Kaibab National Forest, Flagstaff
By Robert Stieve
On May 24, 2000, Mother Nature tossed a bolt of lightning at a ponderosa pine on the southwest side of Kendrick Peak. That was the first tree to go in the Pumpkin Fire, which ultimately wiped out 14,760 acres on and around the mountain. The north side was hit the hardest, but the east and west got it pretty good, too. On the south side, where the Kendrick Trail climbs to the mountain’s summit, the fire burned in a more gentle mosaic pattern, leaving patches of burned and unburned woodland. Although you’ll see signs of the blaze on this trail, it’s not overwhelming.
The trail begins as a wide dirt path surrounded by ponderosas. The ascent is immediate, and within a few minutes you’ll arrive at a small grove of young ponderosas. They’ve taken root in the wake of the fire, and they’re the first of many signs of recovery. Although it’s gut-wrenching to think about what’s been lost, what’s happening along the Kendrick Trail offers hope. Still, it’ll be decades before the trees re-establish a canopy. Meanwhile, the holes in the ceiling are allowing for new growth — ferns, flowers and grasses — that attracts elk and mule deer, as well as big cats and black bears.
On the horizon, above and beyond the young ponderosas, you’ll see the Kendrick Lookout Tower. It’s a landmark that appears on and off during the hike. Although man-made structures have a way of sullying a panorama, this one, at least, offers a look at where you’re going — and where you’ve been, once you make it back down.
Moving on, you’ll pass a large wall of volcanic rock and arrive at the Kendrick Mountain Wilderness, a 6,510-acre sanctuary that’s managed by Mother Nature. Just inside the boundary, the trail climbs to a place that escaped the fire. Five minutes later, however, it moves back into the recovery zone. That’s the pattern of a mosaic fire.
At the half-hour mark, the San Francisco Peaks make an appearance to the east. It’s a photo op that’s followed by the trail’s first Engelmann spruce. From there, the hike begins a series of long but gradual switchbacks. Between the first zig and the subsequent zag, you’ll come to the most impressive tree of the day. It’s a stumpy old ponderosa that survived the Pumpkin Fire, along with many other hardships over the last two centuries.
Continuing uphill, the trail arrives at a level spot. It only lasts for about 30 yards, but the respite is welcome. As soon as you start climbing again, you’ll see the growing collection of wind turbines on the plateau to the west, and then a big aspen, which serves as gatekeeper for a grove of old trees that dodged the fire. Beyond the survivors, the switchbacks enter a brief thicket — rare on this trail — and cross a rocky slope. Ferns are the dominant plant species along this stretch.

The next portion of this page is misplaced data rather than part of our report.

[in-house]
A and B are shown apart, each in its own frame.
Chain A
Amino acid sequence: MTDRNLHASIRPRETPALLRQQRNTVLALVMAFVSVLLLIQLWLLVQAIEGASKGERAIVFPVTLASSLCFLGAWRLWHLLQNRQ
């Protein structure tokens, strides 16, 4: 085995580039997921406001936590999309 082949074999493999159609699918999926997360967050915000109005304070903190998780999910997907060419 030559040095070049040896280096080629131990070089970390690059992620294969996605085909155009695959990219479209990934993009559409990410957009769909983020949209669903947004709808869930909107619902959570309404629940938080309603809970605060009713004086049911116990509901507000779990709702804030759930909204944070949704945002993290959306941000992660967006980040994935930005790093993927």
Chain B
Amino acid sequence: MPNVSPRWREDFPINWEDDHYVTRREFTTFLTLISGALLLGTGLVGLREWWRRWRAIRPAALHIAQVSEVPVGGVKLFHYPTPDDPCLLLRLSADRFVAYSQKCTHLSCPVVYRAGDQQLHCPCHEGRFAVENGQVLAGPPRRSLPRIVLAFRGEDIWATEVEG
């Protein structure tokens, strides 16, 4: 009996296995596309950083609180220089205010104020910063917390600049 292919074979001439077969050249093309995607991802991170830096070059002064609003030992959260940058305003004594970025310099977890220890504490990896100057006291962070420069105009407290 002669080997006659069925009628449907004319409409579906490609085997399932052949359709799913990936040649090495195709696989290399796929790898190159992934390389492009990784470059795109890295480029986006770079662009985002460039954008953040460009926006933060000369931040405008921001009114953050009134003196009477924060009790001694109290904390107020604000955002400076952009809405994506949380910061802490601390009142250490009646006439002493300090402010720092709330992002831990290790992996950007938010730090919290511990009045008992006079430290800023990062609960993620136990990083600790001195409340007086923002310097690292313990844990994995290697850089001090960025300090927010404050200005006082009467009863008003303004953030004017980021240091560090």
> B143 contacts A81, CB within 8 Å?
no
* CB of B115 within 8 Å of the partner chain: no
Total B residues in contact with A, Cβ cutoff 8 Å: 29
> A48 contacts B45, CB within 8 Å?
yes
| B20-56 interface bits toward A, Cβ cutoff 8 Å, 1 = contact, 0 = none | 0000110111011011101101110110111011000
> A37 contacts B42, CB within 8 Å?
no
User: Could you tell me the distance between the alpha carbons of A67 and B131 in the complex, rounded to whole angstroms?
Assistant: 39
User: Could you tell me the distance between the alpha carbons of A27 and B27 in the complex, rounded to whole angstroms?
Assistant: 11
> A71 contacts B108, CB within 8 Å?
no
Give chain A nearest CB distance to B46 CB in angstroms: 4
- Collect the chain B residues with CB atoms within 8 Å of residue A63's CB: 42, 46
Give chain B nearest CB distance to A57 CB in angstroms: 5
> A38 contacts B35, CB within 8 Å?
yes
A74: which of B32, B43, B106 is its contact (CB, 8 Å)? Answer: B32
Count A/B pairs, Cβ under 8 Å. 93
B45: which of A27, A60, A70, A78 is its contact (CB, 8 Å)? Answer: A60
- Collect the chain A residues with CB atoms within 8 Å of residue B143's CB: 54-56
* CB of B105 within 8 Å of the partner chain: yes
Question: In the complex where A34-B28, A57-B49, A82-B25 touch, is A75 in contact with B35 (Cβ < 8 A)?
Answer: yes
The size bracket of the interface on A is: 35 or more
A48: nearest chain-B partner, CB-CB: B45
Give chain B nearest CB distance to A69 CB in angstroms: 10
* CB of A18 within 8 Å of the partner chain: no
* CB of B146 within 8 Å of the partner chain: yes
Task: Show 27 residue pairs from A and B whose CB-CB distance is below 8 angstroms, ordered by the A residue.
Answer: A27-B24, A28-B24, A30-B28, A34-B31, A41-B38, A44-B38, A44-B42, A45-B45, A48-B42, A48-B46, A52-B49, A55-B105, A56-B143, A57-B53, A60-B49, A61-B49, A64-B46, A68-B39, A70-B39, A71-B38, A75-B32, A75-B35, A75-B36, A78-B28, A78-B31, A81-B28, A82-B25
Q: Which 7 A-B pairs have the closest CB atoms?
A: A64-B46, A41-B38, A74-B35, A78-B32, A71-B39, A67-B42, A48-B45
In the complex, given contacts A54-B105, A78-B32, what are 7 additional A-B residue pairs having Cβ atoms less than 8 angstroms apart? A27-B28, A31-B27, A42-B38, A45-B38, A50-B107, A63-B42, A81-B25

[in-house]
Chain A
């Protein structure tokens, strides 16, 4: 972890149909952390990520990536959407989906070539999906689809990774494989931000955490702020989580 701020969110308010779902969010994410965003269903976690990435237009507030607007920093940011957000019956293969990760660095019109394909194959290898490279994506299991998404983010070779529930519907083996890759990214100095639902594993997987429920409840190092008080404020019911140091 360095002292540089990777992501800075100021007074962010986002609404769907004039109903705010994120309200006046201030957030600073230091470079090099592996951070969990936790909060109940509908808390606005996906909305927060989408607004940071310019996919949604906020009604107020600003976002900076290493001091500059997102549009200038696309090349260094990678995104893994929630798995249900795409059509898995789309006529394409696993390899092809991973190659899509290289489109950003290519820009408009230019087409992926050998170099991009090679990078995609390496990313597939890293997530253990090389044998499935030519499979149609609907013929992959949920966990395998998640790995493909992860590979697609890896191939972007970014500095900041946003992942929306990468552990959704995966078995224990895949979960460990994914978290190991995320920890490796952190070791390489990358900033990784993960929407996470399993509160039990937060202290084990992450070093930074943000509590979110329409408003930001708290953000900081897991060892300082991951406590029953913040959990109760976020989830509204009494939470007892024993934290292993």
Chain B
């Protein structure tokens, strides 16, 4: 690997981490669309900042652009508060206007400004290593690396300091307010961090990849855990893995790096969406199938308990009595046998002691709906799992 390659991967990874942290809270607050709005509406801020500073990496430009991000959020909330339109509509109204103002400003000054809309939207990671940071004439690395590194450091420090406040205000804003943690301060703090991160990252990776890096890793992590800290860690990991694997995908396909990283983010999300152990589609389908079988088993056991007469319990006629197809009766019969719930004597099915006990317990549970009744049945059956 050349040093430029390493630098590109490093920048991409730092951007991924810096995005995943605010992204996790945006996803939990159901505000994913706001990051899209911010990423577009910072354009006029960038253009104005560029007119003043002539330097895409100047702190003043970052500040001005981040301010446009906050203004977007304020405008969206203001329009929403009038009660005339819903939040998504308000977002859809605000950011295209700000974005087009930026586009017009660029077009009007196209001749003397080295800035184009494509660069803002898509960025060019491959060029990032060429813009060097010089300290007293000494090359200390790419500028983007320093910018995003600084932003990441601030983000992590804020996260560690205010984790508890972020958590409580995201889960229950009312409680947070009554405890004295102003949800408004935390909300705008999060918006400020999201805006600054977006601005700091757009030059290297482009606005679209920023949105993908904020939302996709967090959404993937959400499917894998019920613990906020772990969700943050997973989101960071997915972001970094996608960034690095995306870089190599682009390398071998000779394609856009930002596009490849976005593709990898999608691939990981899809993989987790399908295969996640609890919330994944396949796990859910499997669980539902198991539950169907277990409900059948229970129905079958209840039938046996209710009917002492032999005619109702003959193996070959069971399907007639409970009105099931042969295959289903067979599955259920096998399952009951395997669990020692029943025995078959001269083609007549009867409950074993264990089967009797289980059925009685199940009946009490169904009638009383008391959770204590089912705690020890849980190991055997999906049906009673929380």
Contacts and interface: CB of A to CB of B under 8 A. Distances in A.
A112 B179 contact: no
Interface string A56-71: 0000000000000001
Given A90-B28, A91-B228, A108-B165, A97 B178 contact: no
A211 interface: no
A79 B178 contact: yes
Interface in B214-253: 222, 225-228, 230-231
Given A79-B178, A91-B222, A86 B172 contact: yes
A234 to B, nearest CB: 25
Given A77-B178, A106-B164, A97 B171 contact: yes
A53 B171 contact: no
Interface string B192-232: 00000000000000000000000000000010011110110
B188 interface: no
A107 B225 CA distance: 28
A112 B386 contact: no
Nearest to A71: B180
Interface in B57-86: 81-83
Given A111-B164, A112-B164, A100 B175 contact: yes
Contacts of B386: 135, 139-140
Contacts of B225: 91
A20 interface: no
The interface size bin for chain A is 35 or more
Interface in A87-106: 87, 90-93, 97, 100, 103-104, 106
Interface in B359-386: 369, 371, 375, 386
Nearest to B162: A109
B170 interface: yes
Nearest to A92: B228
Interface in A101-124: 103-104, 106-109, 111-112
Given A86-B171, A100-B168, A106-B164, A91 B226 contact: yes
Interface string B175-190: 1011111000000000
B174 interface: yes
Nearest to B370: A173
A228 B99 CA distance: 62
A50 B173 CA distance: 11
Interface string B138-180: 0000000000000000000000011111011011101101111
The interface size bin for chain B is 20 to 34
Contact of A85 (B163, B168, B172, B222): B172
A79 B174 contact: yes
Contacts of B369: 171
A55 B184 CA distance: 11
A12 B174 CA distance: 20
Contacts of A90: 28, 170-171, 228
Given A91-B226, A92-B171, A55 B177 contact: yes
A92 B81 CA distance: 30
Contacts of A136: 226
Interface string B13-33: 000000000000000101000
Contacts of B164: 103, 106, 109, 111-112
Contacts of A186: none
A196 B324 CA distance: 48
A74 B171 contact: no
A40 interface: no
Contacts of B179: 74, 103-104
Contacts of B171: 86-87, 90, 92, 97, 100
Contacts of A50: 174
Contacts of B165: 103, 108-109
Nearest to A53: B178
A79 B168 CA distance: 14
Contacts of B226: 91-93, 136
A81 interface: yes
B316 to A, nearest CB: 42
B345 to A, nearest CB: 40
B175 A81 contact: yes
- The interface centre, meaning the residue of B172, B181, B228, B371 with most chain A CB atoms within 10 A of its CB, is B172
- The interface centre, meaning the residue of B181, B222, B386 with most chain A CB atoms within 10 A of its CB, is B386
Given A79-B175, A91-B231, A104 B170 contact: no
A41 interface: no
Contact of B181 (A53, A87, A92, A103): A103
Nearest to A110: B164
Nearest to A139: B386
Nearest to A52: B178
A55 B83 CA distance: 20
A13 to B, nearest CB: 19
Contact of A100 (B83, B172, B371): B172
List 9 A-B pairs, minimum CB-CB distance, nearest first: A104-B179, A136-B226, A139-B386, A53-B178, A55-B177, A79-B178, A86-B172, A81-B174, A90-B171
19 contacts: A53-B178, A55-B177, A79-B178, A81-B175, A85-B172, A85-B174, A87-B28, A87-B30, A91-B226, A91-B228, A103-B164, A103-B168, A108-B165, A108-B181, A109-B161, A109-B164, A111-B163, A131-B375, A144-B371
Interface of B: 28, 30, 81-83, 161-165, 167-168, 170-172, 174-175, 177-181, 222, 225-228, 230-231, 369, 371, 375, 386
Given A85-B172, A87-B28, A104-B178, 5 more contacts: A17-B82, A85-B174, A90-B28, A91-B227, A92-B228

A few switchbacks later, the trail moves into a subalpine forest of Douglas firs, white firs, Engelmann spruce and aspens. The south side of the trail is still steep, and impressive, but it’s the trees that steal the show during the final ascent to the upper saddle, an idyllic place that’s home to the Kendrick Lookout Cabin. The structure, which was built in 1917, is listed on the National Register of Historic Places.
The rest of the route is a short series of switchbacks that lead to the tower. In the summer, you can climb the 10-step ladder and say hello. Otherwise, there’s an adjacent helipad that makes a good place to eat Goldfish, take a nap or just look around. From the top, you’ll get clear views of the San Francisco Peaks to the east, Oak Creek Canyon to the south and the North Rim of the Grand Canyon to the north. You’ll also see the worst effects of the Pumpkin Fire, along with its origin to the southwest. What you won’t see is the ponderosa pine that was struck by lightning on May 24. However, you can rest assured that Mother Nature is working on a worthy replacement.
Photo: Volcanic peaks dominate the view from the Kendrick Trail. | Shane McDermott
Length: 8 miles round-trip
Elevation: 8,000 to 10,418 feet
Trailhead GPS: N 35˚23.214’, W 111˚52.056’
Directions: From Flagstaff, go northwest on U.S. Route 180 for 17.2 miles to Forest Road 193. Turn left onto FR 193 and continue 3.2 miles to Forest Road 171. Turn right onto FR 171 and continue 2 miles to Forest Road 190. Turn right onto FR 190 and continue 0.4 miles to the trailhead.
Vehicle Requirements: None
Dogs Allowed: Yes (on a leash)
Horses Allowed: Yes
USGS Maps: Kendrick Peak, Moritz Ridge
Information: Williams Ranger District, 928-635-5600 or www.fs.usda.gov/kaibab